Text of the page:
Professor Peter Robbins: The technology provides a step change away from simply monitoring the concentrations of the components of the respired gas to a position where we know the molar flow rates of each gas in a highly precise and highly time-resolved way. In turn, this allows us to use conservation of mass to estimate a number of important physiological parameters relating to patients. This is simply not possible if all one knows is airway concentrations.
Where do you see the biggest impact of this technology/research being?
Professor Peter Robbins: It provides a platform technology for use in medicine, and has potential applications in respiratory medicine, in urgent and in critical care medicine.
Dr Chris Fullerton: The potential for early diagnosis of respiratory diseases like Chronic Obstructive Pulmonary Disease before they become irreversible is very exciting.
How will this work be used in real life applications?
Dr Nick Smith: The driving force for this project is the clinical application of this technology. Breath-by-breath oxygen consumptions, cardiac outputs, and parameters reflecting lung inhomogeneity are obtainable in a non-invasive way using this technology. The key objective is to prove the clinical usefulness of these physiological parameters, ultimately enabling clinicians to improve patient outcomes.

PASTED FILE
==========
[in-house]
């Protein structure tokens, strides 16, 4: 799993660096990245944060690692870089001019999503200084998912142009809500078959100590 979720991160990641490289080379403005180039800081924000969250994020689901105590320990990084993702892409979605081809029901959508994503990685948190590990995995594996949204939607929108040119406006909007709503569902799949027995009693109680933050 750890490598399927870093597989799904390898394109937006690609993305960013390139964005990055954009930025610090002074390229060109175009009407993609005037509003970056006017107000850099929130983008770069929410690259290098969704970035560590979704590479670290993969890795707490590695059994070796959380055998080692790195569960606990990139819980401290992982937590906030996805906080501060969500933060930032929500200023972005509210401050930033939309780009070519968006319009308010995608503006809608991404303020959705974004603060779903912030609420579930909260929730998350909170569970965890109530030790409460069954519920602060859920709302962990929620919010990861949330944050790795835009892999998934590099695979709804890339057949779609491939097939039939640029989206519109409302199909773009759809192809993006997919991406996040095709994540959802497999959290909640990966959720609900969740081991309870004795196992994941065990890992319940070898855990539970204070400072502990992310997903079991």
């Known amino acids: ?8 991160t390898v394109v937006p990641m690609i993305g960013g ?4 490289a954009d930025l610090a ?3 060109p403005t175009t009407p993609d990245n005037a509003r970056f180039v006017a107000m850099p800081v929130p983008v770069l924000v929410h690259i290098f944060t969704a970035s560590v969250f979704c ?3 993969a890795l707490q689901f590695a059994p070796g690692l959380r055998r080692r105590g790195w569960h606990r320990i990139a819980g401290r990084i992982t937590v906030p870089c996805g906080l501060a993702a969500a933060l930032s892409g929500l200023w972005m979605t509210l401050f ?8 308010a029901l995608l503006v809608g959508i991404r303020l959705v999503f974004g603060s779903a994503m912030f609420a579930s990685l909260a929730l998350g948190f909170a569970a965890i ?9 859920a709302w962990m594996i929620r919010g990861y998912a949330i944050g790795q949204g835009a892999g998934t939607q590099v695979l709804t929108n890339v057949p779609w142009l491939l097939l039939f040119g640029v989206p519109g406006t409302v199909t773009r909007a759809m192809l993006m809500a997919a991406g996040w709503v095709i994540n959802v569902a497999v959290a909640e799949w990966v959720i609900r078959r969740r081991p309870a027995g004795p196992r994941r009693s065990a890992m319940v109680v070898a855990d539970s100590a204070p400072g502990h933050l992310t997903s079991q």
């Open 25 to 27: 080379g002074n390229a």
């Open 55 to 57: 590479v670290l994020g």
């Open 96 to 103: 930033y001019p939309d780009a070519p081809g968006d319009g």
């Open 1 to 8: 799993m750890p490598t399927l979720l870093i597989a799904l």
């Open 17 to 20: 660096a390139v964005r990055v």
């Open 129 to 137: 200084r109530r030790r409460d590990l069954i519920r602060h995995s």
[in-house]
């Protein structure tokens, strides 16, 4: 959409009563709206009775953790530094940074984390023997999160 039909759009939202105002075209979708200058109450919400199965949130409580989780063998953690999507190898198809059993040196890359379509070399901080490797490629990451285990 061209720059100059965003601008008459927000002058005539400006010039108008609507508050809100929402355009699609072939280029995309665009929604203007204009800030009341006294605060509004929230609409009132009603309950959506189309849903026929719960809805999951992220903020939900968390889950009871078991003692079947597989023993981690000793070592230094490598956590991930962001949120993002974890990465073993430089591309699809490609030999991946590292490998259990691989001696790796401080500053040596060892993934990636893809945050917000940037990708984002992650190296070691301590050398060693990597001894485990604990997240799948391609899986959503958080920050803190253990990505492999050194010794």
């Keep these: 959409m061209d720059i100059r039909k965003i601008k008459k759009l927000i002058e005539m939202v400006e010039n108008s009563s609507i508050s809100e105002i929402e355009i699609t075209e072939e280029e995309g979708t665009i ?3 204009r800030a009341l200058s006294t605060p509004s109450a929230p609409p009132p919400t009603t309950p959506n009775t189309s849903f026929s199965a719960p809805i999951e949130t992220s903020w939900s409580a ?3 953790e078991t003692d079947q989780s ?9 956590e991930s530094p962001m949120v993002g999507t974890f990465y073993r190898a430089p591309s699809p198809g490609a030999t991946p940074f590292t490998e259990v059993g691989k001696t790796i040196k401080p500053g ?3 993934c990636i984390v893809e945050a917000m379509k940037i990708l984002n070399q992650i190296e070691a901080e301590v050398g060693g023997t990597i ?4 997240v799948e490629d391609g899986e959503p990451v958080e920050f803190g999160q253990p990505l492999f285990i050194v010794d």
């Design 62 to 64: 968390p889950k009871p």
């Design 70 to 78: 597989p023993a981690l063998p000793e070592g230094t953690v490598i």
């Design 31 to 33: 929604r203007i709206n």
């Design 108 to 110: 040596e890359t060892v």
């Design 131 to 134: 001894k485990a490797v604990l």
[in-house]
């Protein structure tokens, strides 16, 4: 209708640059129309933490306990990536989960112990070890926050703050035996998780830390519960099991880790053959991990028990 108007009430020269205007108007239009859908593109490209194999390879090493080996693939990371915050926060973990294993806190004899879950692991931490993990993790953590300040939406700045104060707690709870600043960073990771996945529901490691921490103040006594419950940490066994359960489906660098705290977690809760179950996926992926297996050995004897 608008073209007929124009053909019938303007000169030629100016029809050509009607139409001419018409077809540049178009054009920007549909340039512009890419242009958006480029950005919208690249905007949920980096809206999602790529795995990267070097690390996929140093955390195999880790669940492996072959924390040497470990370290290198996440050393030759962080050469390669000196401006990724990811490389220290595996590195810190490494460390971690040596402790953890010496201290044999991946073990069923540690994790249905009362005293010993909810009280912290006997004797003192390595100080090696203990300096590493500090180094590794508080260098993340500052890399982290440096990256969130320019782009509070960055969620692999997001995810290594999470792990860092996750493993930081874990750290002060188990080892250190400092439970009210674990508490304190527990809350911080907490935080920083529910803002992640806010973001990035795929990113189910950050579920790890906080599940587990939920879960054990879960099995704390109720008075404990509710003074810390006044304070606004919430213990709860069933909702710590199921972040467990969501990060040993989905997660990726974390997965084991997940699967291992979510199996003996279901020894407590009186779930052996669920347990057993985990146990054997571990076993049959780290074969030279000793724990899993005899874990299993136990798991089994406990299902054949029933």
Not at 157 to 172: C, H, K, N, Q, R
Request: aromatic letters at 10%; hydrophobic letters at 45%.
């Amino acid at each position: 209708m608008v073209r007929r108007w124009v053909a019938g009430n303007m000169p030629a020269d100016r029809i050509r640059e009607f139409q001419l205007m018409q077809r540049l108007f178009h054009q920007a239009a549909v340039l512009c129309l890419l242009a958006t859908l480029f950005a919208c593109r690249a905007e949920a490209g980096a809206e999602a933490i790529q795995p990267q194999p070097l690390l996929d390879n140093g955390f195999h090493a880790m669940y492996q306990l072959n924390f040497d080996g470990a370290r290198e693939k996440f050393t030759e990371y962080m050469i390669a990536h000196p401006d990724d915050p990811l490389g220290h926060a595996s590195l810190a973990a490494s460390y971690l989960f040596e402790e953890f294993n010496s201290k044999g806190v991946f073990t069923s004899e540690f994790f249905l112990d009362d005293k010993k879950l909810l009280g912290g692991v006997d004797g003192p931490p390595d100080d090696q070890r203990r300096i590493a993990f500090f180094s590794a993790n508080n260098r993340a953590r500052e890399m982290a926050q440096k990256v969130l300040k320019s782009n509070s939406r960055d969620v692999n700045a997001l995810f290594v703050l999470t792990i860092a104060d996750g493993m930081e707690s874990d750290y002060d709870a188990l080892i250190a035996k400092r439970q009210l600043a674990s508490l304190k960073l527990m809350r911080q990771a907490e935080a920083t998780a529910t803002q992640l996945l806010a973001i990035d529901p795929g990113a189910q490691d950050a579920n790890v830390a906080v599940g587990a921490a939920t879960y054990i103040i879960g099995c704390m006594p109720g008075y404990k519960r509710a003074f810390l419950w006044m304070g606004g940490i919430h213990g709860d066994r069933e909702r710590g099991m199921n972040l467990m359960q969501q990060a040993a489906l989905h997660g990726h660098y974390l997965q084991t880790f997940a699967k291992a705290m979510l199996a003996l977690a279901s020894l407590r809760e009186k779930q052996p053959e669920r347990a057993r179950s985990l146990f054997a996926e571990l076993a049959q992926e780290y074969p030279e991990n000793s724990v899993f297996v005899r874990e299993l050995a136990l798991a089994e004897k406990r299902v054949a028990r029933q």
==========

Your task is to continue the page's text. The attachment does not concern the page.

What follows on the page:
Professor Gus Hancock: It already is. My personal hope is that it will be able to be used to monitor cardiac output in anaesthetised patients routinely and in a non-invasive fashion.
What is the importance of collaboration in the chemical sciences?
Kevin Valentine: Collaboration in chemistry is very important. Many techniques and skills used by one branch of chemistry can be adopted by different branches to improve their results. Lack of skills and knowledge can often hold back research.
What advice would you give to a young person considering a career in chemistry?
Professor Grant Ritchie: Whatever career you choose, do it because you are passionate about it and enjoy it! Chemistry is such a varied subject that you are almost guaranteed to find multiple areas of inspiration. However, while intellect and practical talent are of course very important, it really is a case of 1% inspiration and 99% perspiration – you need to work hard and to do this for a prolonged period of time requires you to have an underlying passion for the subject.